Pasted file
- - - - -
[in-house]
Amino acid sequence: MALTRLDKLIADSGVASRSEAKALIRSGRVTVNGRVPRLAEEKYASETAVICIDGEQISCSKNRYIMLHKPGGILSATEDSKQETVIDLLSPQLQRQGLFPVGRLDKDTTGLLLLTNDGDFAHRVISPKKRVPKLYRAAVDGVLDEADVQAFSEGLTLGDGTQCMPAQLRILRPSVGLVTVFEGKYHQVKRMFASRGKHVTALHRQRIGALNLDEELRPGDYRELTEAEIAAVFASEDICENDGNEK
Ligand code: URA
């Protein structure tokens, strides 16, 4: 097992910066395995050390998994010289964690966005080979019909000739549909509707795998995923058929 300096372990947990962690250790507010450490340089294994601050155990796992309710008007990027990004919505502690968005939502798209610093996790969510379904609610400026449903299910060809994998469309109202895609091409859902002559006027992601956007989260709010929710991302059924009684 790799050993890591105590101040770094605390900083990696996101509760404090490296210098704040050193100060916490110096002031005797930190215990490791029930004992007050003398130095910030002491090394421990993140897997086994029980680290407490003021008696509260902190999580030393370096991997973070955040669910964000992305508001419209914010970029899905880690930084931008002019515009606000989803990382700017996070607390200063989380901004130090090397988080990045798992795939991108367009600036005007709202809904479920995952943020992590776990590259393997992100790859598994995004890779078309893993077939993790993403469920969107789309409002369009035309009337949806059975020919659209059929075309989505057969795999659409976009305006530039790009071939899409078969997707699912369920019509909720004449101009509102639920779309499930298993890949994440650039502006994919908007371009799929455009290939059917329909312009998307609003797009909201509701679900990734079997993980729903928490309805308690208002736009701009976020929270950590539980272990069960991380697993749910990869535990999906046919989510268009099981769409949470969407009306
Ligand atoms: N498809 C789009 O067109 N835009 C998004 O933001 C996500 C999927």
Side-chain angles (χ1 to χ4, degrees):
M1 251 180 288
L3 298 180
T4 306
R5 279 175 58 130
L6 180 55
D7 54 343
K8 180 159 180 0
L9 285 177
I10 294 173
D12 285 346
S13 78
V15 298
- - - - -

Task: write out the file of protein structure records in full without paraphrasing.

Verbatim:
[in-house]
Amino acid sequence: MALTRLDKLIADSGVASRSEAKALIRSGRVTVNGRVPRLAEEKYASETAVICIDGEQISCSKNRYIMLHKPGGILSATEDSKQETVIDLLSPQLQRQGLFPVGRLDKDTTGLLLLTNDGDFAHRVISPKKRVPKLYRAAVDGVLDEADVQAFSEGLTLGDGTQCMPAQLRILRPSVGLVTVFEGKYHQVKRMFASRGKHVTALHRQRIGALNLDEELRPGDYRELTEAEIAAVFASEDICENDGNEK
Ligand code: URA
């Protein structure tokens, strides 16, 4: 097992910066395995050390998994010289964690966005080979019909000739549909509707795998995923058929 300096372990947990962690250790507010450490340089294994601050155990796992309710008007990027990004919505502690968005939502798209610093996790969510379904609610400026449903299910060809994998469309109202895609091409859902002559006027992601956007989260709010929710991302059924009684 790799050993890591105590101040770094605390900083990696996101509760404090490296210098704040050193100060916490110096002031005797930190215990490791029930004992007050003398130095910030002491090394421990993140897997086994029980680290407490003021008696509260902190999580030393370096991997973070955040669910964000992305508001419209914010970029899905880690930084931008002019515009606000989803990382700017996070607390200063989380901004130090090397988080990045798992795939991108367009600036005007709202809904479920995952943020992590776990590259393997992100790859598994995004890779078309893993077939993790993403469920969107789309409002369009035309009337949806059975020919659209059929075309989505057969795999659409976009305006530039790009071939899409078969997707699912369920019509909720004449101009509102639920779309499930298993890949994440650039502006994919908007371009799929455009290939059917329909312009998307609003797009909201509701679900990734079997993980729903928490309805308690208002736009701009976020929270950590539980272990069960991380697993749910990869535990999906046919989510268009099981769409949470969407009306
Ligand atoms: N498809 C789009 O067109 N835009 C998004 O933001 C996500 C999927």
Side-chain angles (χ1 to χ4, degrees):
M1 251 180 288
L3 298 180
T4 306
R5 279 175 58 130
L6 180 55
D7 54 343
K8 180 159 180 0
L9 285 177
I10 294 173
D12 285 346
S13 78
V15 298